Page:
June 20, 2008

Finnish Finish “Global” Warming

An international conference was recently held in Zakopane, Poland hosted by the Department of Quaternary Paleogeography and Paleoecology at the University of Silesia and the Institute of Geography and Regional Development at the University of Wroclaw. The meeting also served as the Annual Conference of the Association for Tree-Ring Research. Over 100 scientists gave presentations at the meeting, most were from Europe, although one presenter was from Penn State University and two others from the University of Missouri made the trip to present their research in Poland. The Association for Tree-Ring Research is a credible organization with no agenda that we know of regarding the global warming issue.

One presentation there was entitled “Climate variation (cycles and trends) and climate predicting from tree-rings”, and normally, we would be reluctant to feature conference presentations at World Climate Report. However, the work is an update of what the lead author recently published in The Holocene, the work is currently under review at an undisclosed scientific journal, and the authors have a history of publications in outstanding journals.

The work was conducted by three scientists from the Finnish Forest Research Institute and the University of Helsinki. They begin their piece noting that “The growth of Scots pine (Pinus sylvestris L.) is highly sensitive to June-July temperatures at the Finnish pine timberline. Exceptional preservation of pine wood and it accumulation in non-oxygen muddy bottoms of ice-cold lakes have made it possible to build a 7641 years long continuous tree-ring chronology.” Basically, the annual tree rings record information about the temperatures in Finland in the summer (warmer is better for the trees), and if the tree happens to fall into a nearby lake at the end of its long life, the wood is preserved for thousands of years. Timonen et al. recover the wood, measure the width of each ring, cross-date the samples, and with a huge amount of effort and statistical wizardry, they can recreate summer temperatures in Finland going back thousands of years – very clever, indeed. They note “The characteristics of this chronology, the distribution of the samples (on both sides of the present timberline) and the strong June-July have provided exceptional tools for dendroclimatic analysis and reconstructions.”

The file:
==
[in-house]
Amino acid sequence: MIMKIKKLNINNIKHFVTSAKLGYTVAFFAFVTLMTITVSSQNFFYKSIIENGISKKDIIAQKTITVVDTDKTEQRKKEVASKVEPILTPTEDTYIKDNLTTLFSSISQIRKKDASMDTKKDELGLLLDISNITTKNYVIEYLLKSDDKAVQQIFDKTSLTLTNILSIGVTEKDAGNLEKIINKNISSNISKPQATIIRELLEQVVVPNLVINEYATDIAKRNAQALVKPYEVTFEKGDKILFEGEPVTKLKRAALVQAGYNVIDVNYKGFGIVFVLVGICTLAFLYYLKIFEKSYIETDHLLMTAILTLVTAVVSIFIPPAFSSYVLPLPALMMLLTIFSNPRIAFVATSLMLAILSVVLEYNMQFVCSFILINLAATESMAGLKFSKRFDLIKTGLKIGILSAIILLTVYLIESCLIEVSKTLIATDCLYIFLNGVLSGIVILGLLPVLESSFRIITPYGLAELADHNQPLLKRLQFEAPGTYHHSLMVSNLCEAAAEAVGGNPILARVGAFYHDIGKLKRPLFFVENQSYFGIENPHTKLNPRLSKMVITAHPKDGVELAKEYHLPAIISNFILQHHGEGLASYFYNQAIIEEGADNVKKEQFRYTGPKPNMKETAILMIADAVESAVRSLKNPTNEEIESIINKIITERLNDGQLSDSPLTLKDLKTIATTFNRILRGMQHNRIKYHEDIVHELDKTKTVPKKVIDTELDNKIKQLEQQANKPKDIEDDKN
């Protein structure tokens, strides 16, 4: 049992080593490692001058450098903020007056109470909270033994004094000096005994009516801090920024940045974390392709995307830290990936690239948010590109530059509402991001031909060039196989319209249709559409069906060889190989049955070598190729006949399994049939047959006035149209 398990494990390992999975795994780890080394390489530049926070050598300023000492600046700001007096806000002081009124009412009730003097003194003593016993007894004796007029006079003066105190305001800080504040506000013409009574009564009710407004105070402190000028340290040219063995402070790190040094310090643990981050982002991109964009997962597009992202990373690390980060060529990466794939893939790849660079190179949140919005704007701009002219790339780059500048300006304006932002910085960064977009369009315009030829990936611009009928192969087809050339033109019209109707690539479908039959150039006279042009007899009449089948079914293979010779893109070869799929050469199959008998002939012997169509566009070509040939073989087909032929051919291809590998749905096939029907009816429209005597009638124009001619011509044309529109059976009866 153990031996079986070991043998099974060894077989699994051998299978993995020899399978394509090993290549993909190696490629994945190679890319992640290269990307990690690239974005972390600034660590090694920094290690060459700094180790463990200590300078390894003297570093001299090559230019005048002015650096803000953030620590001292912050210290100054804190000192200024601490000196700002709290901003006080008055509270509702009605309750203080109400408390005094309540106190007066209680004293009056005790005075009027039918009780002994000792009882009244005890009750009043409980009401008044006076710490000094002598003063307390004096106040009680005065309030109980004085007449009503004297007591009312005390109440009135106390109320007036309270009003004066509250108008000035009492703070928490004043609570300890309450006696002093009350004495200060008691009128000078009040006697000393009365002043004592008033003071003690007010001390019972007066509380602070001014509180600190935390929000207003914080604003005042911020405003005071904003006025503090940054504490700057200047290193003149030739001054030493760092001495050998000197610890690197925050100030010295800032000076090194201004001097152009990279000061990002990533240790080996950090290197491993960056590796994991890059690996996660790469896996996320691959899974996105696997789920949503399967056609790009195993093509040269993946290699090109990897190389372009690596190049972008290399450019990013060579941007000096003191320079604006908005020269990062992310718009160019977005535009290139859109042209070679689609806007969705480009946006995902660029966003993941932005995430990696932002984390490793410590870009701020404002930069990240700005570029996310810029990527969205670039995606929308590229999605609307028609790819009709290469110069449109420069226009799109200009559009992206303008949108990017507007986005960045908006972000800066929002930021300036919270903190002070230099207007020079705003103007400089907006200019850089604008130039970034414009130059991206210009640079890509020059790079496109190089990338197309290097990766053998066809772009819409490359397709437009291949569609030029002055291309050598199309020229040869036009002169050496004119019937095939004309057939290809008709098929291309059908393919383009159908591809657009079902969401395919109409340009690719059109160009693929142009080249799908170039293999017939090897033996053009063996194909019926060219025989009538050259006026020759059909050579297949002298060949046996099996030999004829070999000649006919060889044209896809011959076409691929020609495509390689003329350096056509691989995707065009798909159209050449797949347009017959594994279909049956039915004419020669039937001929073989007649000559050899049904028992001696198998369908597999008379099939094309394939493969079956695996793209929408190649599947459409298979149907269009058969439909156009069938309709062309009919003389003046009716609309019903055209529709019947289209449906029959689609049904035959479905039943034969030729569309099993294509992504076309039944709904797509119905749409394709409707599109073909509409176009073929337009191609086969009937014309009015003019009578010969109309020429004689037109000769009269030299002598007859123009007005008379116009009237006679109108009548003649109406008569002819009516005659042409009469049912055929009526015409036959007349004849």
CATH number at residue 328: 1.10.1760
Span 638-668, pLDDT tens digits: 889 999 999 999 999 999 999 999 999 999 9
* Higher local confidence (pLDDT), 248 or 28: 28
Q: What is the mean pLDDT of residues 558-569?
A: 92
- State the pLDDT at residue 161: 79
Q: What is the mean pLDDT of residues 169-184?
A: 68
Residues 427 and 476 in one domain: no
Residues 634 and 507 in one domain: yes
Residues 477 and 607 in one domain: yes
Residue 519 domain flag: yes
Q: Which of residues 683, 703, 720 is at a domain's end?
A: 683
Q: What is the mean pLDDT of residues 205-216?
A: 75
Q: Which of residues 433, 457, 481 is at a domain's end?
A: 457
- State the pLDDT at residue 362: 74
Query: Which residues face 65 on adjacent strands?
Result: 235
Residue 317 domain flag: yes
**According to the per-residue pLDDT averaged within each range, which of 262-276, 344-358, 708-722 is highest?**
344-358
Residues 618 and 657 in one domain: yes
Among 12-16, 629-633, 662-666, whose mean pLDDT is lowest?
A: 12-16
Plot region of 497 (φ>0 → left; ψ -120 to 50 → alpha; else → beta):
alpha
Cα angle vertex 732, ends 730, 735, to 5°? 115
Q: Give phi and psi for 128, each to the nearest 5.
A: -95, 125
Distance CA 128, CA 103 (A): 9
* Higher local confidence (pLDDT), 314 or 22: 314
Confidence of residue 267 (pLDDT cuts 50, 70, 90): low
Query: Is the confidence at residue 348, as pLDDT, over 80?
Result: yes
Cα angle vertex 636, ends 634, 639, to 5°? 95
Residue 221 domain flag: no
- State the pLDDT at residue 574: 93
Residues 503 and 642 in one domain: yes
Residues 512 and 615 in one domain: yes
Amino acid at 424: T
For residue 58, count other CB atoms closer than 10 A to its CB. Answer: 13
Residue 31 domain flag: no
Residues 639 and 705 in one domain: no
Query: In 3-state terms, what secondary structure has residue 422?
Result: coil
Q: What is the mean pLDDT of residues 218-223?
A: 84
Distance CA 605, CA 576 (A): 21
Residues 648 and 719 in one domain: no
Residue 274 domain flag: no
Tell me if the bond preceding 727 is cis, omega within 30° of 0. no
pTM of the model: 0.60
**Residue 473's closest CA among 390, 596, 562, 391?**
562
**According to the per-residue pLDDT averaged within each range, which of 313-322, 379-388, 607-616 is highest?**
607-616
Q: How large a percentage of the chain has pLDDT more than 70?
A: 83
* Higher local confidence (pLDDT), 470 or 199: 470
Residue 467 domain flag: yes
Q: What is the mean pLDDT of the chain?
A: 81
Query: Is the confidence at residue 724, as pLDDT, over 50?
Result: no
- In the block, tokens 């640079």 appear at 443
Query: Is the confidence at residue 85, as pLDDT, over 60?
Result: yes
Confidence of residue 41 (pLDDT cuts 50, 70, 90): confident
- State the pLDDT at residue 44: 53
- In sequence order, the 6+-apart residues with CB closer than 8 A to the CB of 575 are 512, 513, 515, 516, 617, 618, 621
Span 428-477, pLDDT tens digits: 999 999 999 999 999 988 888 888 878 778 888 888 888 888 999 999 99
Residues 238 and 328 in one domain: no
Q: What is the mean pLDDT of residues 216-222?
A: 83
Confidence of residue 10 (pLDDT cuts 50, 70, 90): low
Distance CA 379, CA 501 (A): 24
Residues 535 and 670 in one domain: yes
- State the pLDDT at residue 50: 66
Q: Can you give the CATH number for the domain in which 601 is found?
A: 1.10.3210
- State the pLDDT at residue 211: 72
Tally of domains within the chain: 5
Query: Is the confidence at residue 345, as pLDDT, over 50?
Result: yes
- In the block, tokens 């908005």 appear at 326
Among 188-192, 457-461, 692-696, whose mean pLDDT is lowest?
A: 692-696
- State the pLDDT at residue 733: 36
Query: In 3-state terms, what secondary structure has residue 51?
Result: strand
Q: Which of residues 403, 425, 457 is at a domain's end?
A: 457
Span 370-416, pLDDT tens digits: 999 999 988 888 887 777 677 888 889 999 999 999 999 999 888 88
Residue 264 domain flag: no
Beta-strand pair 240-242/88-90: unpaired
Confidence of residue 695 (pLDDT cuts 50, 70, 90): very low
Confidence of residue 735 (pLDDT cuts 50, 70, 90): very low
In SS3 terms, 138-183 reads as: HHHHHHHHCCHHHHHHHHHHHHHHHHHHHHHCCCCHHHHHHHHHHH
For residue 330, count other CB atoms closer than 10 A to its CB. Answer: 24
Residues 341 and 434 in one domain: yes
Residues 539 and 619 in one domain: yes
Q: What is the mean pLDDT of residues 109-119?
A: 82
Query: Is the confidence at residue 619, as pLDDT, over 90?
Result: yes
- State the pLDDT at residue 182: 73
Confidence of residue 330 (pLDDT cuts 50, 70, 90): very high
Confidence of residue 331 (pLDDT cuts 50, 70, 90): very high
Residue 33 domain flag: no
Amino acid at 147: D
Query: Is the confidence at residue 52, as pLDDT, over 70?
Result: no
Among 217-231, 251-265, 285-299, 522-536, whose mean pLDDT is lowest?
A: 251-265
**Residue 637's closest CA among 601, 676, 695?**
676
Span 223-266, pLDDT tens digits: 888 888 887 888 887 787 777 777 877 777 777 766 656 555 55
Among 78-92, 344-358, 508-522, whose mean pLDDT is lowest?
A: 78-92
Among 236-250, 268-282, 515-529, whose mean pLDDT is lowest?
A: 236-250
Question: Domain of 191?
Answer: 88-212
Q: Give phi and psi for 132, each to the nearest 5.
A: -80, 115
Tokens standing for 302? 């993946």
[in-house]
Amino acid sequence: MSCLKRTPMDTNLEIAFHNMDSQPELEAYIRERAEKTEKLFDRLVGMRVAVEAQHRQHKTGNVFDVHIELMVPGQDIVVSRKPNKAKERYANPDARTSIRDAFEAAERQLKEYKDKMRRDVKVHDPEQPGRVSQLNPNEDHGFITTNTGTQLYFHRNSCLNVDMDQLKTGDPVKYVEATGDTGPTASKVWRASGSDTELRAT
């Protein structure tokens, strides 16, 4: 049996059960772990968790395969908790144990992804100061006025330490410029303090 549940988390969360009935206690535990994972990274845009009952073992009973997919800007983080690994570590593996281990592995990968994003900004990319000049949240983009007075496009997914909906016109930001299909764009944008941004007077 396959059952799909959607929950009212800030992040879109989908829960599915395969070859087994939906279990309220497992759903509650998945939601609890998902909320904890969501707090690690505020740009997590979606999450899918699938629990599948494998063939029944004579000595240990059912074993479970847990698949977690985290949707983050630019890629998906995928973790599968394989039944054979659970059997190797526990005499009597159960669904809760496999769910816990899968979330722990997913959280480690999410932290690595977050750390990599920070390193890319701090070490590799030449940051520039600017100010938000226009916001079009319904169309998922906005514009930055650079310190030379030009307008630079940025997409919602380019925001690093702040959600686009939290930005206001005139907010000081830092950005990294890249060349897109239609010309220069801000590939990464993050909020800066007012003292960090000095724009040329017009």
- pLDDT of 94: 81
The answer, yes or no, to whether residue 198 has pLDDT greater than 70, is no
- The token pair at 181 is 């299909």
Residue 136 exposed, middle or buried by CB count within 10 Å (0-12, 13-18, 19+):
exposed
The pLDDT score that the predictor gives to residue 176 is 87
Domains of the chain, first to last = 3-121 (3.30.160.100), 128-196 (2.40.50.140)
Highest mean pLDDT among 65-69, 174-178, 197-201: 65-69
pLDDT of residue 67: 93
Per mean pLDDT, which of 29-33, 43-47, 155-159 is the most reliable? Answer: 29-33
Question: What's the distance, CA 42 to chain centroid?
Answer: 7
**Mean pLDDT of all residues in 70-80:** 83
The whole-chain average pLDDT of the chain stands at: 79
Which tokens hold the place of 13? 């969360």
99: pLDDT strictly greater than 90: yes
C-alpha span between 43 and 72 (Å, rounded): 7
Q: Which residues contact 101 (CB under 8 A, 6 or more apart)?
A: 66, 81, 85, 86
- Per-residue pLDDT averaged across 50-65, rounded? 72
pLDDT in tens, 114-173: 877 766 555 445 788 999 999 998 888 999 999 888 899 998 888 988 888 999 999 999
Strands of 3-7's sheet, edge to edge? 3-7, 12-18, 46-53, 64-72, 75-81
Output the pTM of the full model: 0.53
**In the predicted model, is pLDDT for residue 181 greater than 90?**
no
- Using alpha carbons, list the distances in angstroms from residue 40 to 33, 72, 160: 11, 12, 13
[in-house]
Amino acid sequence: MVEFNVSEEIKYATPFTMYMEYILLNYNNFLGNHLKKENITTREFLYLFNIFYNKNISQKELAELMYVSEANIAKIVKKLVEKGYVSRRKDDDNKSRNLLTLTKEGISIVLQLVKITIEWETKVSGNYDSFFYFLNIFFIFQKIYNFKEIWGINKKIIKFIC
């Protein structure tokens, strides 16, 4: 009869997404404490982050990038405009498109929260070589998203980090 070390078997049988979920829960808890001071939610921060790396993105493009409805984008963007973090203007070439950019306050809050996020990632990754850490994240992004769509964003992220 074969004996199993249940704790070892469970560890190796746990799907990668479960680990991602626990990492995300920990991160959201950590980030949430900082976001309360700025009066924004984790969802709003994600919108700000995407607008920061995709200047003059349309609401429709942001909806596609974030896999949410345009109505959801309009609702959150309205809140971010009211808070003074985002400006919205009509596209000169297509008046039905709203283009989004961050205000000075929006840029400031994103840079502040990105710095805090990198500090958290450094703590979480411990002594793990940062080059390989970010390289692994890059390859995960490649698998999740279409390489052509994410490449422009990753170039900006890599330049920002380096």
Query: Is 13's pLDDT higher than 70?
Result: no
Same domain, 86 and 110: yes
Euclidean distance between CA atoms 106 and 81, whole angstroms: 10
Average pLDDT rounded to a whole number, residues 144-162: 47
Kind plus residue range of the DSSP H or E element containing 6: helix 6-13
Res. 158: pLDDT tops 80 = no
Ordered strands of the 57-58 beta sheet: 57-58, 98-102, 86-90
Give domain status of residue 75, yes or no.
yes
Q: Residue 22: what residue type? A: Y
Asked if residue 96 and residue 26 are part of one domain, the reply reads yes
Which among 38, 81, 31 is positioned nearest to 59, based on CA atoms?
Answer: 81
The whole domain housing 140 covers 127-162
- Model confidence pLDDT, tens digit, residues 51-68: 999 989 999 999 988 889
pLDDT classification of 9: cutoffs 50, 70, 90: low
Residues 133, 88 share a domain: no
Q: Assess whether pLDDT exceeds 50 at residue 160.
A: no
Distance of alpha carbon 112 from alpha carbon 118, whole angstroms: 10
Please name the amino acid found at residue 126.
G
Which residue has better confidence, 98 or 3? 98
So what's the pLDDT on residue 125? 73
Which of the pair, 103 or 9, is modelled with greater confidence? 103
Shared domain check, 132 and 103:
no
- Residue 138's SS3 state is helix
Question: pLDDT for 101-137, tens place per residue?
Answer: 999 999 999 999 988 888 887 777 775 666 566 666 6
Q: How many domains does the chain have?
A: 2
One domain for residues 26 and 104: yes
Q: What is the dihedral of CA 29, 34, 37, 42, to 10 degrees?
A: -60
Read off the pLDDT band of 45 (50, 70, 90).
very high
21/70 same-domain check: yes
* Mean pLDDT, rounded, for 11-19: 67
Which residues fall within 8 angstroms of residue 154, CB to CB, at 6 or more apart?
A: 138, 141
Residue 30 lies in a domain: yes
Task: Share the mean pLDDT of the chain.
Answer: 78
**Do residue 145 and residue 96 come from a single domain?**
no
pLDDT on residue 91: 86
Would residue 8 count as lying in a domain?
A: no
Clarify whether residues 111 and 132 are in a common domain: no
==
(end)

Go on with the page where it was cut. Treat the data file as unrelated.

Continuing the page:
Are you ready to see over 7,500 years of summer temperatures from Finland? Figure 1 is the end product of their work, and the white line is the 100-year smoothed temperature values from the Scots pine reconstruction. The red and blue surfaces show the smoothed and highly stylized annual temperatures for the Northern Hemisphere (based on the work of others). At this scale, a case for recent warming can be made based on the tree-ring record, but the recent warming is paled by many past events including many red-hot summers in Finland 7,000 years ago. If nothing else comes from their figure, be keenly aware that climate always changes – flat line periods simply do not exist!


Figure 1. 7,500 year 100-yr smoothed reconstruction of Finnish summer temperatures (from Timonen et al., 2008).